• Shadows that don’t align with the lighting conditions in the scene
  • Inconsistent shadows under the chin, around the nose, or under the eyes
  • Highlights and shadows that don’t match the face contours or angle of the light source
  • Shadows that are too crisp or perfectly defined
  • An overall lack of shadows and highlights on the face that makes it look flat
  • Shadows or highlights that appear pixelated or lower resolution than the rest of the image

If a face looks like it’s lit from multiple light sources or the shadows don’t make sense, that could indicate manipulation. Pay close attention to how shadows fall across the eyes, nose, and jawline since those are often difficult for AI to replicate accurately.

Blurred or Distorted Areas

Deepfake software struggles to generate realistic details, often resulting in smudged or warped areas, especially around the edges of the subject. The distortion may seem minor, but indicates manipulation.

If a deepfake video or photo of yourself appears online, don’t simply assume it is genuine. Take steps to report and verify the media. Look closely for signs of manipulation like blurred or distorted areas that could indicate edits. Then, contact the relevant social media platforms, hosting sites, and authorities to have the deepfake removed and investigated.

With awareness, vigilance and the right response, you can minimize the damage from a deepfake of yourself. The key is verifying any questionable media and quickly reporting it through the proper channels.

Unnatural Movement or Facial Expressions

In videos, look for unnatural movement or facial expressions. Deepfakes can make subtle human movements and expressions seem strange or mechanical. The timing and coordination may be off. Movements like blinking, head tilts or mouth movements may look awkward and unnatural. Trust your instincts if something feels “not quite right”.

While deepfakes are getting more sophisticated and realistic, a discerning eye can still detect signs of fakery. Look closely at the details, especially around the main subject, and watch for anything that seems even slightly unnatural or implausible. 

Are deepfake apps illegal?

With the rise of deepfakes, many are left wondering about their legal status. As it stands currently, deepfakes themselves are not illegal in the U.S. and many other countries. However, their use can be illegal under certain circumstances.

For example, using a deepfake to spread misinformation or manipulate people can violate laws around fraud, defamation, and false advertising. Deepfakes that violate a person’s privacy or are used for harassment may also face legal consequences. Some states have laws explicitly banning the nonconsensual creation or distribution of deepfakes.

While deepfake technology is rapidly advancing, laws and policies are still playing catch-up. Pending legislation like the DEEPFAKES Accountability Act aims to criminalize distributing deepfakes with the intent to harm or deceive. Critics argue these laws could infringe on free speech rights.

The key takeaway is that deepfakes themselves are legal, but how they’re used and distributed can cross legal lines. As the technology continues advancing, more comprehensive laws and policies will likely be needed to curb malicious use while protecting civil liberties.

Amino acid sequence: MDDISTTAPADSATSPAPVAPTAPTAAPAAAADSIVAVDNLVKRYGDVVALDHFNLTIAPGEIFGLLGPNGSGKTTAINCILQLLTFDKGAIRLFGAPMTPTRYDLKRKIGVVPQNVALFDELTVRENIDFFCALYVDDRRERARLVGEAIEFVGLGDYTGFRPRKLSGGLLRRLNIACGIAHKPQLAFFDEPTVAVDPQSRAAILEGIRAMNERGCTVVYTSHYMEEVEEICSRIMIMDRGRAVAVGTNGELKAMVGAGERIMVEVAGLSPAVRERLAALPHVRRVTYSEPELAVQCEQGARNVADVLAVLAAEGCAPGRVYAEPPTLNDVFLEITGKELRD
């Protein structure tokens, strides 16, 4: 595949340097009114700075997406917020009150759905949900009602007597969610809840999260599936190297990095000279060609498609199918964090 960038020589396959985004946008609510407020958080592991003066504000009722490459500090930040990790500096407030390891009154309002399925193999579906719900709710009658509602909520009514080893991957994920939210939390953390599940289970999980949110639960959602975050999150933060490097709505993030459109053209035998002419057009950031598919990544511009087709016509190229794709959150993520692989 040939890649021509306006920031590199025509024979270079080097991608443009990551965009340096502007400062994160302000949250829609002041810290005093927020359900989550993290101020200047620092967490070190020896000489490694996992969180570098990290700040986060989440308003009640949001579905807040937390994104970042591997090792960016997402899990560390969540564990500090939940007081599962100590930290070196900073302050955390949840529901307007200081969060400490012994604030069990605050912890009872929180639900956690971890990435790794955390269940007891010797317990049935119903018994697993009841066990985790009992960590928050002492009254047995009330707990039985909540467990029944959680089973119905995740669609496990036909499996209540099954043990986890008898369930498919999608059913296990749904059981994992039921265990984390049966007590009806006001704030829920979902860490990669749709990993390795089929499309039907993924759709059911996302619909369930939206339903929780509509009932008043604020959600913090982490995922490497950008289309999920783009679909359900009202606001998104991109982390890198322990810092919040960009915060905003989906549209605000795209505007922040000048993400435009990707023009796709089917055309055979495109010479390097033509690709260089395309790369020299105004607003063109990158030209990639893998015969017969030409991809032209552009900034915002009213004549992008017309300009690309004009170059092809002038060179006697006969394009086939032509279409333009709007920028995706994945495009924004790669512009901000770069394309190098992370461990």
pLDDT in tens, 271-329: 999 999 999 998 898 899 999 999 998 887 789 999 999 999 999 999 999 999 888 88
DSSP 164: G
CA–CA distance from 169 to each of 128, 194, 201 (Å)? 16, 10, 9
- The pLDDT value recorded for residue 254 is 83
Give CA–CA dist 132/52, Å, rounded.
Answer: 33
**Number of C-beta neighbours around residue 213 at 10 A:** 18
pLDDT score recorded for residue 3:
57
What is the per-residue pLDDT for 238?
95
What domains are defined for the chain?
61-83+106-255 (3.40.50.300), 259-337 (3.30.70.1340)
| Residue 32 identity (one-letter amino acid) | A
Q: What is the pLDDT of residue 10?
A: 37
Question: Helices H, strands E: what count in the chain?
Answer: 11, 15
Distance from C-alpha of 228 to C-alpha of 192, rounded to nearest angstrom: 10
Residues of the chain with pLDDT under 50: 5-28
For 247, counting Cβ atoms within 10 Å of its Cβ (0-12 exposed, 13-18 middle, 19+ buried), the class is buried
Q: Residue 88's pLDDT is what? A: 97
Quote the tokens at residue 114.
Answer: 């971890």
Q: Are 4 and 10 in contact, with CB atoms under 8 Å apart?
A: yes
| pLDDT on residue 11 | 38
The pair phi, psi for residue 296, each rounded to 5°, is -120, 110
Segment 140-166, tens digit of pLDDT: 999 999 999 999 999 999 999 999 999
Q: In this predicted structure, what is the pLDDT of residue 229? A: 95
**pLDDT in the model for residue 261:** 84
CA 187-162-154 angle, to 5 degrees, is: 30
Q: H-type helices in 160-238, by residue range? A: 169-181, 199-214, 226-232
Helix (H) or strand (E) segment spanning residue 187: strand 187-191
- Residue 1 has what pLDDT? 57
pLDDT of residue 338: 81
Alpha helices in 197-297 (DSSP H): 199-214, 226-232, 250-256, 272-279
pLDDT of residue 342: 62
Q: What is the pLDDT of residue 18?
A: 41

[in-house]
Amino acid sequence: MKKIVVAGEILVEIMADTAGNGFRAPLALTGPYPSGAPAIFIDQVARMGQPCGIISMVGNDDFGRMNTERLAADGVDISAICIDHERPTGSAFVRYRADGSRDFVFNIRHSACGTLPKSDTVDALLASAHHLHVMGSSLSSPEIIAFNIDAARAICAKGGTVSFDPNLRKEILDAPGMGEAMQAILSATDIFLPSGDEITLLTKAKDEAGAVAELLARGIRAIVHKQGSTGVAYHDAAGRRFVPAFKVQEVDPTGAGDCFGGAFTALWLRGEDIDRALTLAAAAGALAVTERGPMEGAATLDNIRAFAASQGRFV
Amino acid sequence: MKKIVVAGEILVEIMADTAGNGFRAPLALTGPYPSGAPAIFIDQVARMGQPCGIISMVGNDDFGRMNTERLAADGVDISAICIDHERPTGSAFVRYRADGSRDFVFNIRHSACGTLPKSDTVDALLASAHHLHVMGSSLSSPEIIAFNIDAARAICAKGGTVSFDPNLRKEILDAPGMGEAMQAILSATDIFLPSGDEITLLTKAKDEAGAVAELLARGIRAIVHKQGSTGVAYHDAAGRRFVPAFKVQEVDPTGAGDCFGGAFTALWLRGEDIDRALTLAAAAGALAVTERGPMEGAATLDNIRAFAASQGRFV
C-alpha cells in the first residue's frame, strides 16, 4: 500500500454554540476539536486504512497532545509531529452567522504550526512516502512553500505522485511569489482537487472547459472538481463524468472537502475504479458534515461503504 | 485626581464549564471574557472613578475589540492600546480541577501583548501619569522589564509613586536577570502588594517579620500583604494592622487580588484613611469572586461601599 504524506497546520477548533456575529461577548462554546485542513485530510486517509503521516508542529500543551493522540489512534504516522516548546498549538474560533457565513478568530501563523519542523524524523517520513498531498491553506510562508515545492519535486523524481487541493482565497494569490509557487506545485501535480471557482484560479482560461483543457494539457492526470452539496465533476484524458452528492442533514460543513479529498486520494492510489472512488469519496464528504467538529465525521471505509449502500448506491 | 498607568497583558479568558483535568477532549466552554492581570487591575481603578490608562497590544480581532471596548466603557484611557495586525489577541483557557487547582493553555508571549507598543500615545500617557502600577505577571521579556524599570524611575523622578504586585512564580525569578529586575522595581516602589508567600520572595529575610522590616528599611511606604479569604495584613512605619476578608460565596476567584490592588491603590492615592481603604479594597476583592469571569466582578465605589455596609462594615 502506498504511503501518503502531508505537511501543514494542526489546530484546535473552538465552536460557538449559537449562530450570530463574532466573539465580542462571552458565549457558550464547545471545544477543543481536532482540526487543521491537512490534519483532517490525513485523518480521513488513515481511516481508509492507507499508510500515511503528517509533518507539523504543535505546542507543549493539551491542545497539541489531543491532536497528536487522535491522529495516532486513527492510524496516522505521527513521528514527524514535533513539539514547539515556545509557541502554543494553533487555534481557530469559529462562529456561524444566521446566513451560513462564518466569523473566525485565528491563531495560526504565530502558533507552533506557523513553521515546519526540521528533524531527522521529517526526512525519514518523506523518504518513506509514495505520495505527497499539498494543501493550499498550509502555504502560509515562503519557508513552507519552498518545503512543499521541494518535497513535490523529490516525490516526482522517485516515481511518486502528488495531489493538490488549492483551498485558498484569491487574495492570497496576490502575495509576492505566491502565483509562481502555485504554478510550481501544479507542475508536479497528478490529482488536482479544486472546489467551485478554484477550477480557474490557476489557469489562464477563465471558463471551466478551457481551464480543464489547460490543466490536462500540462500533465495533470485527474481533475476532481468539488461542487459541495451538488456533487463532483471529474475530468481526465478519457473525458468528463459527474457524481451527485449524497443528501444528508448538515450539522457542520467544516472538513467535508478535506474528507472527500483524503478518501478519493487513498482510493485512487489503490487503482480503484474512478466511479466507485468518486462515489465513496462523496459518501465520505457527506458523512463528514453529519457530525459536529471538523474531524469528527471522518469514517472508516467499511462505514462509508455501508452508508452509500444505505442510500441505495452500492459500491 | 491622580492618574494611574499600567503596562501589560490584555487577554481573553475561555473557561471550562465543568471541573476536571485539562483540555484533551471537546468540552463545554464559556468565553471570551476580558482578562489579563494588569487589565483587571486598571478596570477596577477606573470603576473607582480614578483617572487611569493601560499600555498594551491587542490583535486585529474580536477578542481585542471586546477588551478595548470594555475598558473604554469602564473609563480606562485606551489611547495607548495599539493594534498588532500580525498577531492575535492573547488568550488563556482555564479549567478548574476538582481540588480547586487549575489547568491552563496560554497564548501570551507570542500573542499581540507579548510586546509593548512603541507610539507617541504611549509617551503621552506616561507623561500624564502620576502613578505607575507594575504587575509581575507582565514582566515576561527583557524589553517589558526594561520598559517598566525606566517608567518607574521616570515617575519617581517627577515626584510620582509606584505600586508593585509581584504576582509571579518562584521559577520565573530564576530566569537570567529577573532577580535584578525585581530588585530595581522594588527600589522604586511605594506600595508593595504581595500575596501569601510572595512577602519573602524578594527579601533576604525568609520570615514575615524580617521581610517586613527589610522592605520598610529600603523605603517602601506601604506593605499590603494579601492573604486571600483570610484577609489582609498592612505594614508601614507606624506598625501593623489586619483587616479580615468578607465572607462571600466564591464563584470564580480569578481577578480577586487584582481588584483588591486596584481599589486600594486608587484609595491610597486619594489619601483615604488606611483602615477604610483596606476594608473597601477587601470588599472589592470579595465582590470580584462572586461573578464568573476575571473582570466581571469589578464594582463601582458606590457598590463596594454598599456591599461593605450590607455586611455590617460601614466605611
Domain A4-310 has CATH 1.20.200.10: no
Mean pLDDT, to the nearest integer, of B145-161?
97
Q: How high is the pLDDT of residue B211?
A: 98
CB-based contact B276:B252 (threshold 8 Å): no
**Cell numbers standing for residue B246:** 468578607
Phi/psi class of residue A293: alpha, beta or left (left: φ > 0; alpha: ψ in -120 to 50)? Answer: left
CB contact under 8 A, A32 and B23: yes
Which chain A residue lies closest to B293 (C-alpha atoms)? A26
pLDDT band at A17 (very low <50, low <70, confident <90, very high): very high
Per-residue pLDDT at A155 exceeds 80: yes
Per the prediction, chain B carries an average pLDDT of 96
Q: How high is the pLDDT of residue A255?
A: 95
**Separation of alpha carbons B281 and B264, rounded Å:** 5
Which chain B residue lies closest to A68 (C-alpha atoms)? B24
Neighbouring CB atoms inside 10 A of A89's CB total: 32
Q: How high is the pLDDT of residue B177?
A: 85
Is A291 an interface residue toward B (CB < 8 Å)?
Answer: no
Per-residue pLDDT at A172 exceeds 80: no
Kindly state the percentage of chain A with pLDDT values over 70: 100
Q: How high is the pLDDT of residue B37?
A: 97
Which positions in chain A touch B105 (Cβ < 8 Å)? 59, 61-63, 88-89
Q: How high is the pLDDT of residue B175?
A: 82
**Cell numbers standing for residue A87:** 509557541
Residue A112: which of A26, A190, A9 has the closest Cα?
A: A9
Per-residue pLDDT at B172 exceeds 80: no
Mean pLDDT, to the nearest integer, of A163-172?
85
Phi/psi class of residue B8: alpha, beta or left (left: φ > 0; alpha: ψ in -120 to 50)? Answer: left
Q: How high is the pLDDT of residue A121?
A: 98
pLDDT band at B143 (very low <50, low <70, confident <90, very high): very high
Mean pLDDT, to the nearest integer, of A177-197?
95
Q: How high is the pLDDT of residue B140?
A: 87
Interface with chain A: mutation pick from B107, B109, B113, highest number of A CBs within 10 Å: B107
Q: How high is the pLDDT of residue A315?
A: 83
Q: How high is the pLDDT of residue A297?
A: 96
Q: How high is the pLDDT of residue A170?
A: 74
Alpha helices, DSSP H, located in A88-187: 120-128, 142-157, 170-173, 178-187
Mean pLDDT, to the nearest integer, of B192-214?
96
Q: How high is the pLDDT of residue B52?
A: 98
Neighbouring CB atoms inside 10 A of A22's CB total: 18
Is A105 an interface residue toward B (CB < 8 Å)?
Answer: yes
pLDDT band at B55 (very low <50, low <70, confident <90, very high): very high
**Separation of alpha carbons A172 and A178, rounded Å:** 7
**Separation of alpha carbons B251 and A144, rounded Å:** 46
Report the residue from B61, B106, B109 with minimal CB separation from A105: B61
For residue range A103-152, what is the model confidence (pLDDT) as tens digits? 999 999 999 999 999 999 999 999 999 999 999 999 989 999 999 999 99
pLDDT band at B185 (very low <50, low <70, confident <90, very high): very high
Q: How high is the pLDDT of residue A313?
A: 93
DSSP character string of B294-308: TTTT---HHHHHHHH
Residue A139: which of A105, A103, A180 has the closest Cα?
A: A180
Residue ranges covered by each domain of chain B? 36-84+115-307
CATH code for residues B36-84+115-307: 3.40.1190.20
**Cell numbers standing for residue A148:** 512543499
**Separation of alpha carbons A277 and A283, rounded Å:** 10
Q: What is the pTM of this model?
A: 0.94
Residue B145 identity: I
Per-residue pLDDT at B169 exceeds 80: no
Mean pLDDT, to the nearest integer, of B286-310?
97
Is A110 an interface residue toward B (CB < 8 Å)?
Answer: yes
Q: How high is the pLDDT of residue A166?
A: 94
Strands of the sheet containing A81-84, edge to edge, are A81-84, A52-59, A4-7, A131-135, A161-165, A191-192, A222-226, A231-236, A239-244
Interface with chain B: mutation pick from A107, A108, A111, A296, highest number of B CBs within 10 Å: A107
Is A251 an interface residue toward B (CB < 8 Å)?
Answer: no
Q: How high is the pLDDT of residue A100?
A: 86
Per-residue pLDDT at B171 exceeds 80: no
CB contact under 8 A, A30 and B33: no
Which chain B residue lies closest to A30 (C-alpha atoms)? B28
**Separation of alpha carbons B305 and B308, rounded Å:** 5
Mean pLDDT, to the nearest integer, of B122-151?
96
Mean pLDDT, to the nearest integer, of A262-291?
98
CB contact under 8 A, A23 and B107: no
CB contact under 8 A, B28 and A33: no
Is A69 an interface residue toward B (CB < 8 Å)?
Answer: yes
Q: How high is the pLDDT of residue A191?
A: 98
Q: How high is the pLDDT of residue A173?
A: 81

What Are the Benefits of DeepFakes?

Deepfake technology have some useful applications if used responsibly. 

  1. Deepfakes can be used to create interactive virtual characters for entertainment or educational purposes. They have the potential to bring historical figures or characters to life for an immersive experience.
  2. Deepfakes also show promise in the medical field. AI techniques used to generate deepfakes could help enhance medical imaging or create realistic avatars for telemedicine. Doctors have even used deepfake-style AI to model how a patient’s face may age over time to help plan cosmetic surgery.
  3. Some companies are also experimenting with deepfakes for corporate training or product marketing. Anthropic, an AI safety startup, used deepfake videos of their own employees for a company-wide training on deepfake detection. Companies like Anthropomorphics create personalized AI avatars to help market products.

While deepfakes certainly pose risks, they also have the potential for many exciting and productive applications if developed and applied responsibly. 

When did Deepfake technology got invented?

Deepfake technology has been around for over 20 years, though it has advanced rapidly in recent times. The term “deepfake” first emerged in 2017, but the techniques that power deepfakes, neural networks and deep learning, have been developing since the 1990s.

In 2014, researchers from the University of Montreal published a paper demonstrating how neural networks could be used to generate highly realistic images of fictional handwritten digits. This helped inspire the development of Generative Adversarial Networks or GANs—the machine learning models behind most deepfakes today.

GANs work by pitting two neural networks against each other. One generates fake images or videos while the other tries to detect them as fakes. By repeating this process, the generative network gets better at creating realistic fakes that can fool humans and AI detectors.

Using these advances in AI, the first viral deepfakes began appearing on Reddit in late 2017, with people swapping celebrity faces into explicit videos. Since then, deepfake technology has become widely available in open-source software kits, enabling people to generate deceptive images and videos on their home computers.

Though the technology behind deepfakes has been in the works for decades, their use for malicious purposes is a relatively recent phenomenon. And as AI continues advancing rapidly, deepfakes are becoming more sophisticated, widespread and harder to detect.

Deepfake Incidents that Shook the World

1. The FaceApp “Deepfake” of Nancy Pelosi

In 2019, a video of Nancy Pelosi speaking that was altered using AI software went viral, slurring her speech and making it seem like she was intoxicated. The video spread rapidly online and raised concerns about the potential dangers of deepfakes.

2. Jordan Peele’s Obama Video Warning